(Quarantine Diary #3) On Schooling at Home During a Pandemic

By Seth Rogovoy

In the past few days, since so many schools shut down for the foreseeable future, I have already seen and overheard many parents commenting in frustration on how difficult it is to “homeschool” their children. After half an hour alone with their kids, trying to jam into their brain some data points, they toss up their hands and praise schoolteachers. “I don’t know how they do it!”

I schooled my children at home for about a decade. I am here to help.

The first thing you must know is that homeschooling is not replicating school at home. Many first-time homeschooling parents make the mistake of patterning their homeschooling relationship with their children on the teacher-student relationship one typically finds in school settings. That’s where that relationship should only be employed: in school settings. Outside of school, it must be left behind.

You are not a schoolteacher. You are a parent. Since the moment your child was born, you have been “teaching” your child more than you will ever know (more than, perhaps, you might ever want to know). Schooling a child at home requires most of all that you be the same attentive, loving parent that you have always been. Anything more than that is gravy.

Throw out your school’s curriculum and goals. Remember that we are experiencing a once-in-a-lifetime (we hope) pandemic. Pandemics don’t last forever. You will not be homeschooling your children forever. Schools will open back up eventually – maybe even sooner. Give yourselves and your kids a break. We are living in a state of emergency. Our lives have been totally disrupted. Our short-term financial situation is grim or worse. Your children’s understanding of France’s role vis-à-vis England and the United States in the War of 1812 can wait.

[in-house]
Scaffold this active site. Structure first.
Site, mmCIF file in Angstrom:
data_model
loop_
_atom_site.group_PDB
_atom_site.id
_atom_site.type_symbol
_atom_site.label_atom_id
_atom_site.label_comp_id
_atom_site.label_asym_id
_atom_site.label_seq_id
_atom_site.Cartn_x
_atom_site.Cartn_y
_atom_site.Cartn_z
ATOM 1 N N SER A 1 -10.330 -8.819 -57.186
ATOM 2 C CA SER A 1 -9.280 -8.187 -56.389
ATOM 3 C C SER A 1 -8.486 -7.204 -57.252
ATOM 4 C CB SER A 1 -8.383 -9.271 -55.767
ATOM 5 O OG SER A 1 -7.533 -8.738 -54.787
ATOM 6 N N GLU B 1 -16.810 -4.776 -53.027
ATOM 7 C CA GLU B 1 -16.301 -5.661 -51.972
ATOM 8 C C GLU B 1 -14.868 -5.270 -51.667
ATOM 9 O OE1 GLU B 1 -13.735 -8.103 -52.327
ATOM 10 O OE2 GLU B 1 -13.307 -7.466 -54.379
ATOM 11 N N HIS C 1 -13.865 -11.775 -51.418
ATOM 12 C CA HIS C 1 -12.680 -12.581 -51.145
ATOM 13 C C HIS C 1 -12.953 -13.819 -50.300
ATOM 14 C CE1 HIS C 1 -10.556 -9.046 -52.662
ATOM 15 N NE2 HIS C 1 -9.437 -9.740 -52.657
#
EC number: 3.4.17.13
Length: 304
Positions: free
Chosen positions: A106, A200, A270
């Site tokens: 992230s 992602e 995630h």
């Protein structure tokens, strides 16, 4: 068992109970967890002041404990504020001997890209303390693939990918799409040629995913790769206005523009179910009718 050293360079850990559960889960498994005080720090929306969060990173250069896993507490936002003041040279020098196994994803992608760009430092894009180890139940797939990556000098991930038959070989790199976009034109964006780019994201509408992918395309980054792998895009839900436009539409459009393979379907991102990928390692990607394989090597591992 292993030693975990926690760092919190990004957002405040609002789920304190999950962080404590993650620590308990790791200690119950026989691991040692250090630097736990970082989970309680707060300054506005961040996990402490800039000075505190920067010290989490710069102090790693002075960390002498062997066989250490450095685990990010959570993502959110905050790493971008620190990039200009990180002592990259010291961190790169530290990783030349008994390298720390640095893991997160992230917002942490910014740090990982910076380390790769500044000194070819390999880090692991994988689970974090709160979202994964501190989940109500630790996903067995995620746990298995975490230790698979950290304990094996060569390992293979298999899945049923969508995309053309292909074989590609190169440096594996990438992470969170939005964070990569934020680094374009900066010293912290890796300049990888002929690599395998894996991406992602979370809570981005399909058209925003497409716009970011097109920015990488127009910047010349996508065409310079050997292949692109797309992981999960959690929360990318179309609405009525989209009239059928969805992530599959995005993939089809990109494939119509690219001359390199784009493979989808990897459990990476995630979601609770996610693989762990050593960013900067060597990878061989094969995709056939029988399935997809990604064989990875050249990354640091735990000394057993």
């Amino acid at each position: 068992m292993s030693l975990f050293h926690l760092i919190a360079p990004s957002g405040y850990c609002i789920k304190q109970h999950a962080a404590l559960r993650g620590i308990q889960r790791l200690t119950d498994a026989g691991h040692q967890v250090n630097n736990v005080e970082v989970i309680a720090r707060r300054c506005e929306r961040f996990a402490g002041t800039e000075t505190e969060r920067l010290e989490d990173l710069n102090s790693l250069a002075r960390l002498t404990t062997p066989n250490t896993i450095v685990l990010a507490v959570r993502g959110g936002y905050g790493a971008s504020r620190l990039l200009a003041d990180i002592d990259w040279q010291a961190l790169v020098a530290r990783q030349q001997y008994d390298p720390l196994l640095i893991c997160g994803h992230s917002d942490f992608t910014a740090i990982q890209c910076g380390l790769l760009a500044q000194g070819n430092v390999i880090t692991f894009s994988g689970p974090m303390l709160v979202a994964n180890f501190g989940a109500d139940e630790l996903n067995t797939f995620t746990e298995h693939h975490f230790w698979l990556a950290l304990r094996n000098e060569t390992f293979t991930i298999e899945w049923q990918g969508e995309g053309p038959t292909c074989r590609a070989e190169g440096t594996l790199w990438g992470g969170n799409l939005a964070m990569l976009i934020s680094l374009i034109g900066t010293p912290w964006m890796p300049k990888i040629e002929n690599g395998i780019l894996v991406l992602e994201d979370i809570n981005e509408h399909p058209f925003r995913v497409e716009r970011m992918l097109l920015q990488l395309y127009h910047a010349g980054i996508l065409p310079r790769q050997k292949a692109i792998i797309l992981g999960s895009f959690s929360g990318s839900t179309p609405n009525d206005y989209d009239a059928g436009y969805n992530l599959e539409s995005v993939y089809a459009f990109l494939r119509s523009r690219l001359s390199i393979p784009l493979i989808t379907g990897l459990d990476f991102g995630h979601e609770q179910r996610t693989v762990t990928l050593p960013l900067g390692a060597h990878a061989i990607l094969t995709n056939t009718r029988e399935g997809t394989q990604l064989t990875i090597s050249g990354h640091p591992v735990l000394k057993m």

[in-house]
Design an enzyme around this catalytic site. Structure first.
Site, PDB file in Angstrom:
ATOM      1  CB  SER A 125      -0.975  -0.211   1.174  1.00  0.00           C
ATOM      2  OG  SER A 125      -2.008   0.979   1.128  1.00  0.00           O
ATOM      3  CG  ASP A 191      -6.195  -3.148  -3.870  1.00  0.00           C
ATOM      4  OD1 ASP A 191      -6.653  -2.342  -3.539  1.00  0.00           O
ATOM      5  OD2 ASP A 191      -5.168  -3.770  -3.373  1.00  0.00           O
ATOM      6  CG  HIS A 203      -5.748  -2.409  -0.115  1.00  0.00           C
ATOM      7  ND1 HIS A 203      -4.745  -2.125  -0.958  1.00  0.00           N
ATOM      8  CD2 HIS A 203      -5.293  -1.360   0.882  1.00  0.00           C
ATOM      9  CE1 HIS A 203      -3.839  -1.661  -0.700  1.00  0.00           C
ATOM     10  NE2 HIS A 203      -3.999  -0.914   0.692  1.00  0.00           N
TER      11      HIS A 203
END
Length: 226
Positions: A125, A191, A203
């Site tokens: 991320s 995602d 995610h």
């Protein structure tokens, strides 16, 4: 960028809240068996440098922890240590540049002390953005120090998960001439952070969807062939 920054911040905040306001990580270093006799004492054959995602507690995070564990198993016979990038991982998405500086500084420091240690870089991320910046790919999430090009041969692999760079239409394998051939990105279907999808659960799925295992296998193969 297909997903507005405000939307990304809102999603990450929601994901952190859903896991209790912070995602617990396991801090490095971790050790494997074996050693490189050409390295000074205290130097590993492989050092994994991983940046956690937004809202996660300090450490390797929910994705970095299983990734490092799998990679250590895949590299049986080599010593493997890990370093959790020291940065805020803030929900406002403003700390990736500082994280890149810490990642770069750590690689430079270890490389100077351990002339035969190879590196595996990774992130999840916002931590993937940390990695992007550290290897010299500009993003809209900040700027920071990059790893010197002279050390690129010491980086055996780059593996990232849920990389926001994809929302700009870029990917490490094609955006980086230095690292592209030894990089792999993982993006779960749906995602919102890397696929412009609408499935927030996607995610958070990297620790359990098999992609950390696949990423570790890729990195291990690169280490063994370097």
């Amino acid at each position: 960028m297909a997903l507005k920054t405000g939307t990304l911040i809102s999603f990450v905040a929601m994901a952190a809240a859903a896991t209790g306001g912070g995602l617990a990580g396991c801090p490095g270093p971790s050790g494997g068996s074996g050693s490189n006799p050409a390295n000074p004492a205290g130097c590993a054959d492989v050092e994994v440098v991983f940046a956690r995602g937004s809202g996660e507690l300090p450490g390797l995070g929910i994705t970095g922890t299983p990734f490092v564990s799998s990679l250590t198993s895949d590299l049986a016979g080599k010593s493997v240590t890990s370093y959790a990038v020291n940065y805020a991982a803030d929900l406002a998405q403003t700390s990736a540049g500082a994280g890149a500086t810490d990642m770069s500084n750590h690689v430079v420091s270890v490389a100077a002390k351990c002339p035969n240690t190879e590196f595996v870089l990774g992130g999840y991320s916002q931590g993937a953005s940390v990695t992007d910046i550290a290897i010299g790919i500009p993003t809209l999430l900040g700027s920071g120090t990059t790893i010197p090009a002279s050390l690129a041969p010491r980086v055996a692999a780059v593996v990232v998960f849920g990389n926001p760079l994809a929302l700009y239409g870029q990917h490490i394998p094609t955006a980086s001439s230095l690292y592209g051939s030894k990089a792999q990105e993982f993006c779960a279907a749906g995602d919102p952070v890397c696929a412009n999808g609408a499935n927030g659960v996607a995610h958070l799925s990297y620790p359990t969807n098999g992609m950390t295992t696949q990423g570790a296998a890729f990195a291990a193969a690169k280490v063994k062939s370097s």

Or not. Let your child’s mind and imagination be your guide. Let your children’s desires be your curriculum. Your number-one job right now is to take care of your children – physically, mentally, and emotionally – and keep them safe. If they want to go out into the backyard and dig holes, let them. Tell them to look for worms while they’re digging. There you have it – instant “experiential” learning. You’re a master teacher now. (Also, make sure that they are careful with and respectful of the worms – an instant, easy lesson in empathy and animal rights.)

It is not your job to force-feed information into your children’s brains. That is not good teaching nor good parenting. Sure, you need to work with your children to help them learn how to add and subtract, multiply and divide. Sure, they need you to ask them probing questions about nature or dinosaurs or the Renaissance or how to tell right from wrong.

But your main job as a homeschooling parent – parent, not teacher, remember – is to facilitate learning. Dig around the house and find appropriate books for them to read. Depending upon their age, have them write one or two sentences about the book when they’re done, or an 800-word book report. If you don’t have books in your house, find stuff to read online. Even better, order some books online for home delivery. When they arrive, let your kids open the package; it’ll add to the sense of excitement about their “reading assignment.” And whatever you do, don’t use the term “reading assignment” with your children. And don’t you dare use the term “homework.” It would be redundant if you did, in any case.

Dig around your streaming services or the Internet or YouTube for documentaries for your kids to watch. Now is not the time to impose screen limits on your children. Monitor their usage, of course. But if they want to watch Sesame Street for four hours (who doesn’t?) or Ken Burns’s The Civil War, all nine-episodes in one sitting, let them! Promise them that once the pandemic is over, you’ll take them on a trip to Gettysburg.

Set reasonable goals. Once you’ve worked with your kids for two good hours, take a break. Heck, maybe even call it a day. Take naps. Play games. Have them help you in the kitchen. Cook up a storm. Teach them how to fold clean clothes. If you don’t know how, find a YouTube video for them to watch. Make it a game.

Did I say, make it a game? Think outside the box. Definitely think outside the box known as “school.” All your interactions with your children involve teaching and learning. Sing songs together. Listen to music. Have them try to keep the beat.

For heaven’s sake, we’re in a pandemic! The last thing your kid needs now is for you suddenly to turn into a monstrous schoolteacher at home. The last thing you need is to destroy your relationship with your children by expecting them to conform to outdated and irrelevant social structures. Try to enjoy your newfound time with your kids.

This is going to be one of those periods of time about which everyone – including your children – will look back upon and tell stories about. Make those stories be happy ones.

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